WEEKLY PHOTO CHALLENGE: STRUCTURE

Jen H. says share a photo of the structure of something wonderful.

The Antler Arches in Jackson Hole, WY are great to the marrow.

The antlers are held in place by nothing more than friction and good placement, intertwined like a mega-jumbo puzzle.

 

All of the pieces come from the elk’s annual antler shedding, so no animals are harmed.  Scout’s honor.

Toni 9/3/17

Toni 9/3/17

WEEKLY PHOTO CHALLENGE: SATISFACTION

‘May your trails be crooked, winding, lonesome, dangerous, leading to the most amazing view.’
— Edward Abbey, Desert Solitaire

 

Grand Canyon, AZ

 

Abbey proposes: No more cars in national parks. Let the people walk. Or ride horses, bicycles, mules, wild pigs–anything–but keep the automobiles and the motorcycles and all their motorized relatives out. We have agreed not to drive our automobiles into cathedrals, concert halls, art museums, legislative assemblies, private bedrooms and the other sanctums of our culture; we should treat our national parks with the same deference, for they, too, are holy places.

 

Edward Abbey

 

The more high-tech our lives become, the more we need nature to provide joy.  Researchers know that overall life satisfaction leads to a longer happier life.  And that’s the most amazing view of all.

 

Toni 7/29/17

 

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WEEKLY PHOTO CHALLENGE: FOCUS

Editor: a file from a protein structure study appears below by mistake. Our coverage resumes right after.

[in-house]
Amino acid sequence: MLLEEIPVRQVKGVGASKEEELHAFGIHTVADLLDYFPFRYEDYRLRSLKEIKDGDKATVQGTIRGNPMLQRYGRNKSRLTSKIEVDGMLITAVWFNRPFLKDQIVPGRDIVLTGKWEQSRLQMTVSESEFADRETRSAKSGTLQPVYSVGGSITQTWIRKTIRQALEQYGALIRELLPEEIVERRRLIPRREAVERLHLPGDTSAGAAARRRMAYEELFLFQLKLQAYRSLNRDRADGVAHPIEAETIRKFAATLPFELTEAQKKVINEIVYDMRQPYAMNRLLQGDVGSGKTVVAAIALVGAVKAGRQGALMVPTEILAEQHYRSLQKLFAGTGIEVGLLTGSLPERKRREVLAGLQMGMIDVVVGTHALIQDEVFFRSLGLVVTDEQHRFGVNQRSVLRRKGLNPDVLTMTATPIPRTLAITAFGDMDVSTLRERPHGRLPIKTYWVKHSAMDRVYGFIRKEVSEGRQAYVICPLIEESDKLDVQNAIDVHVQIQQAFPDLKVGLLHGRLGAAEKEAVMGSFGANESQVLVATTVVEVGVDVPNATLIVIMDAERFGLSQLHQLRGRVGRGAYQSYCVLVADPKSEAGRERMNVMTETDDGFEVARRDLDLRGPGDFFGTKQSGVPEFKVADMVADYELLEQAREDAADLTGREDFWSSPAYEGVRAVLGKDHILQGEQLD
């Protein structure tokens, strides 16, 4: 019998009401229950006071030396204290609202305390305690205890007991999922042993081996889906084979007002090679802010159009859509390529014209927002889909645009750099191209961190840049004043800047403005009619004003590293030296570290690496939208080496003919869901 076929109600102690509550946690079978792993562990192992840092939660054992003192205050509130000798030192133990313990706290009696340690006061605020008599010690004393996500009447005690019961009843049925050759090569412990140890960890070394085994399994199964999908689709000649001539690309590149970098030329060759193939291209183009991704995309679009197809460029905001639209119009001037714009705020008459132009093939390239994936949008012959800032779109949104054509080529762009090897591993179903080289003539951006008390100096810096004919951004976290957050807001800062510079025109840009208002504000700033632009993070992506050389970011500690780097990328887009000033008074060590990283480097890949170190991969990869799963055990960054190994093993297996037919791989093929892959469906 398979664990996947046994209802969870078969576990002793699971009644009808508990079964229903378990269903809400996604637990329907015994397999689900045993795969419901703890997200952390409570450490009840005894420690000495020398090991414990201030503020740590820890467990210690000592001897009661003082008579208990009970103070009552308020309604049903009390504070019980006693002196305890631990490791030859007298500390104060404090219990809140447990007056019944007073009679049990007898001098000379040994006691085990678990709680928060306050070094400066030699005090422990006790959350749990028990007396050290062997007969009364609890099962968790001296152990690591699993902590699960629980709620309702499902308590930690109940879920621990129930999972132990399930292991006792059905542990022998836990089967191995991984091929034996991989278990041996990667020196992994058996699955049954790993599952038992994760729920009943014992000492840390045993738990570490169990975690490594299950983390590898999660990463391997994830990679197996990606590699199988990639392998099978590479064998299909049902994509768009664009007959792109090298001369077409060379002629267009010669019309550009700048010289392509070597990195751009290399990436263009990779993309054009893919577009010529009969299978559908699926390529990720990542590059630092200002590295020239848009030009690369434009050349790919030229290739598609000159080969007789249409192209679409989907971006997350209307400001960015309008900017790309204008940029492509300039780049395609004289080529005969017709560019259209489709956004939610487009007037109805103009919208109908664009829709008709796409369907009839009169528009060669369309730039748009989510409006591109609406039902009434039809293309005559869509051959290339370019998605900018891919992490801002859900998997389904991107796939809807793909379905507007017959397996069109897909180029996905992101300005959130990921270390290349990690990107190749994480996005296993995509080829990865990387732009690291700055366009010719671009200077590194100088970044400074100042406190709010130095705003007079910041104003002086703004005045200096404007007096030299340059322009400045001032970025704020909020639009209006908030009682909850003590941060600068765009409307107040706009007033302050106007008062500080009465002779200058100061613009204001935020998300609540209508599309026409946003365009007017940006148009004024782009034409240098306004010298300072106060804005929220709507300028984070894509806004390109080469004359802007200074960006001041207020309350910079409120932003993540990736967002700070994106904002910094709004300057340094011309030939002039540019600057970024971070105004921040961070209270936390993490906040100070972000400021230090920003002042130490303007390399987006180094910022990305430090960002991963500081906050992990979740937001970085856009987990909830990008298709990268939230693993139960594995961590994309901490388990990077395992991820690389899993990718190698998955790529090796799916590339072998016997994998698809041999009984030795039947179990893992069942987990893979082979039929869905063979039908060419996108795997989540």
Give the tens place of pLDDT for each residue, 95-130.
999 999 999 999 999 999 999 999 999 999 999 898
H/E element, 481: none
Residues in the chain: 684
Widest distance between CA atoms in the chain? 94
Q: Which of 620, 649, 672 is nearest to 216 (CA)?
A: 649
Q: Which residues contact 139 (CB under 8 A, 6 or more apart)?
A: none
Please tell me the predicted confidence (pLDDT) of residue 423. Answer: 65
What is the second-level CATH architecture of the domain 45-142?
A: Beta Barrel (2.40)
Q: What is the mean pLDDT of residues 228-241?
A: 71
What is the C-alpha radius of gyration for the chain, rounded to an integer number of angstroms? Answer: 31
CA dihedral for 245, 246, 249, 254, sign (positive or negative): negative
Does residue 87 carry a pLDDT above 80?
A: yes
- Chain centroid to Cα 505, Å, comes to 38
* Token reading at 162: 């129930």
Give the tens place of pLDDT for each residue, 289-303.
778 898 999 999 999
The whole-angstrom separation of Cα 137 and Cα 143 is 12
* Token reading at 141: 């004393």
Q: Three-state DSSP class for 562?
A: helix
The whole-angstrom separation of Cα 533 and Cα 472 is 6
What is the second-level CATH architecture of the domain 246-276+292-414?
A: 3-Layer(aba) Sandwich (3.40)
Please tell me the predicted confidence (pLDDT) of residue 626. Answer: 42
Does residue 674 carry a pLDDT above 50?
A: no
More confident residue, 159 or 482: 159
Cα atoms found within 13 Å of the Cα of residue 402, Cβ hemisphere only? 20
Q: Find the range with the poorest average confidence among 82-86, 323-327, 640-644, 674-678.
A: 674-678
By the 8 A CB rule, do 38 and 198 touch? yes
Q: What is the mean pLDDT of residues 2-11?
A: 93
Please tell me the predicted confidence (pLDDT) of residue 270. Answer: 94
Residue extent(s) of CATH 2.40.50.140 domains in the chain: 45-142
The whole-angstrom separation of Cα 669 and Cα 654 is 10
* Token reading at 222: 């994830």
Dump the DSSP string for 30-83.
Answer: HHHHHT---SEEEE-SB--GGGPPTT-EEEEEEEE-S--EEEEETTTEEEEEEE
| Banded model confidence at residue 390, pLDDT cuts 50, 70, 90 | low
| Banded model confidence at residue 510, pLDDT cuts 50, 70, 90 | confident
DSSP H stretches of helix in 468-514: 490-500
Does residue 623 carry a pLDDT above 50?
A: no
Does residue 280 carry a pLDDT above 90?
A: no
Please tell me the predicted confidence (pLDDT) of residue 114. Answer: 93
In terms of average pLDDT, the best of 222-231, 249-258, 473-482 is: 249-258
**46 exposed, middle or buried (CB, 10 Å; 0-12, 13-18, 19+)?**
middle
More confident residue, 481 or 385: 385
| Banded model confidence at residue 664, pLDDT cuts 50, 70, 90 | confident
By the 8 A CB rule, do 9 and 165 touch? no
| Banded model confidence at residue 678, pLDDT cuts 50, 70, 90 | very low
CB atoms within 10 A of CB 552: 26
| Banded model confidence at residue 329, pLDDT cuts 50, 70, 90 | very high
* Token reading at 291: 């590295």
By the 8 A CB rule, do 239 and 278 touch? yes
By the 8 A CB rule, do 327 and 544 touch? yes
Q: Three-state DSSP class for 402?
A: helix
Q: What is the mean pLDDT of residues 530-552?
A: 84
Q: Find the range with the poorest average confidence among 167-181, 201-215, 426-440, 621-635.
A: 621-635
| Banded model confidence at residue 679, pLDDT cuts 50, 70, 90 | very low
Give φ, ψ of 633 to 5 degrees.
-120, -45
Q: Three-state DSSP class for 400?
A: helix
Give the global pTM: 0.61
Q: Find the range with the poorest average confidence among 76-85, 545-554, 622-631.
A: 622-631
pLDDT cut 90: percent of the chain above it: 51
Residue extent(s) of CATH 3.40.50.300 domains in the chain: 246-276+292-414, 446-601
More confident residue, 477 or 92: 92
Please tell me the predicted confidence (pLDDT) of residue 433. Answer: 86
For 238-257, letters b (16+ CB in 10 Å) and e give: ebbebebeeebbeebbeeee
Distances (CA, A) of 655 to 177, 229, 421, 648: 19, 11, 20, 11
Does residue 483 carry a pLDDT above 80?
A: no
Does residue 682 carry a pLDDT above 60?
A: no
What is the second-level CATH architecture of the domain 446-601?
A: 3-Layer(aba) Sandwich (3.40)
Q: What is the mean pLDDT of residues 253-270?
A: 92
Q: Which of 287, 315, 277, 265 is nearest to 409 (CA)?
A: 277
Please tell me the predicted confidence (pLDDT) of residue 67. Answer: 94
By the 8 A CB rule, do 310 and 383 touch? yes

Algebra II, the parabola lesson

 

Mr. Franklin points to a minimalist sketch.  ‘Alright people, today the focus is on, well, the focus.’  His triangular brows rise. Glacial blue eyes peer over rimless lenses, perusing our sea of faces.

 

All our math lives, we only knew about straight lines. Eyes roll, wander, glance sideways. This was a tough sell to teenyboppers.

Undaunted, Mr. Franklin introduces us to the parabola and its friends through the magic of wax paper.

We have no clue what a focus and a directrix are.  (We heard it wasn’t going to be on the test.  Just sayin’.)

 

Anyway, class that day was a hoot. And I did learn this much:  a parabola is a special arch-shaped curve.  But not just any arch-shaped curve. Each and every point on a parabola is at an equal distance from a fixed point ( the focus !!!) and a fixed line (the directrix).

 

So after applying the ruler to the wax paper and making a gazillion folds, I finally got a curve.  And that was that.

 

These days, teachers use Angry Birds and lots of cool real-life examples.

I don’t remember Mr. Franklin mentioning that when you kick a soccer ball or shoot an arrow or fire a missile or throw a stone, it arcs up into the air and comes down again ~ following the path of a parabola.  That kind of visual might have helped.

 

It wasn’t obvious to me how signs, symbols, and substitutions join together to become a coherent idea. In algebra, X marks the spot. (Well, sometimes it’s N or Y, as Mr. Franklin liked to say.)  To me it was like a pile of puzzle pieces, gray side up, not all that interesting until I finally realized that they fit together to create something pretty intriguing.

 

The parabola made my eyes glaze over. But when I saw The Eiffel Tower?  I thought about wax paper.

Toni 6/16/17